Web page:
Sign in to follow this  
Adams

The Human side of BnS .....

Recommended Posts

Adams   

Hello fellow BnS'ers,

 

Note: after I was done writing this I realized how long it was but please bear with me and try to read till the end.

 

In this day and age and with the abomination of mobile gaming -imo-, every gaming company is trying to follow the mobile gaming trends of watering down their game content to make them  fast and easy to make/manage/fix by reducing features, customization, difficulty,  general human interaction and focus instead on making their loot boxes as enticing as possible. Players are encouraged either to spend a lot of time in the game grinding redundant events or to spend a lot of money to bypass those redundant events. These games are usually not built to last but rather built to squeeze as much money as possible in the shortest amount of time before moving on to the next project. 

 

If you have ever played a mobile game ... you will notice that alot of these games barely have any content worth exploring and pretty much play themselves for you. You barely have to do anything or talk to anyone with most of the gameplay revolving around doing 2-3 simple things over and over. Sadly, BnS and alot of asian-born MMOs seem to be taking this direction. For the first time ever i found myself watching random youtube videos while I play the game because of how much of a chore and a bore it is to play it. Instead of having  fun in in-game experiences, for example, the challenge is how long can I grind without losing my mind or my will to play. Instead of getting high rewards for managing to finish a dungeon or for skillful play, exploration or even just understanding the story, you go through a never-ending spiral of small chunks of rewards for doing brain-dead activities over & over for extended periods of time. You grind and grind to get over that wall then you realize there is a similar but taller wall behind it that you need to grind harder to get over. Kinda like a sweat shop.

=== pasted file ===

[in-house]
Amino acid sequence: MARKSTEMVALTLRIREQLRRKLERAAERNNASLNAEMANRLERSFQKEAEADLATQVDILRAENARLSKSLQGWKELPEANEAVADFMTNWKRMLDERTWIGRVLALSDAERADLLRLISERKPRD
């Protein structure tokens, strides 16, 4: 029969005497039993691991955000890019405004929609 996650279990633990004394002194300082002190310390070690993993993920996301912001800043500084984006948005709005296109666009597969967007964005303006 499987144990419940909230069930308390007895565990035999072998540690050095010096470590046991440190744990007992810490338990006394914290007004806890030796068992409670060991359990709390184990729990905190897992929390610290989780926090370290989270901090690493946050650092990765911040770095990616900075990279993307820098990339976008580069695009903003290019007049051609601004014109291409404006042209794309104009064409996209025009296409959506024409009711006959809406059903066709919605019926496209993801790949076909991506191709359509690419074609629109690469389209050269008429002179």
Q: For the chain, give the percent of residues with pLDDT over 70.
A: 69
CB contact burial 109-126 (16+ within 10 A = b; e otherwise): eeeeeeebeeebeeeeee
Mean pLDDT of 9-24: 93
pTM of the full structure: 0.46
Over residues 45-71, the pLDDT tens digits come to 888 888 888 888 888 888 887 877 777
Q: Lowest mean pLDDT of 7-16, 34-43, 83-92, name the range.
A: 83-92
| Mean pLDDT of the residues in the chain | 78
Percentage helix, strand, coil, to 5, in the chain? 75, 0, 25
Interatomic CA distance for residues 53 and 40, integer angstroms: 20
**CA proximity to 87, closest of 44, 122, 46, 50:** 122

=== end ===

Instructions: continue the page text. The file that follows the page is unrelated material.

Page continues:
No need -or rather no time- to know who is next to you or to chat with others because everyone is trying to do their daily job in the least amount of time possible so they can leave the game immediately. Again, like a sweatshop. It feels like I'm playing with NPCs rather than actual human beings. Alot of clans in bns have turned into corporations that require an actual resume to even consider you as a potential member. One clan leader asked me so many questions that I ended up telling her that I already have a job and a real life boss,  I don't need second ones.

 

The story of this game is deep yet irrelevant. The world is huge and detailed yet not worth exploring beside maybe the first time you ever play the game.In addition to that, because the game allows people to blitz through the early levels, people dont get to appreciate how beautifully detailed every map is, instead, every map below end game ones are empty. When I tried to get some of my irl friends to play the game they thought the game was already dead. The unbelievably deep skill customization system that we once had is now gone, even gearing is a constant spiral of getting a small incremental % increases in stats for doing the same things over and over.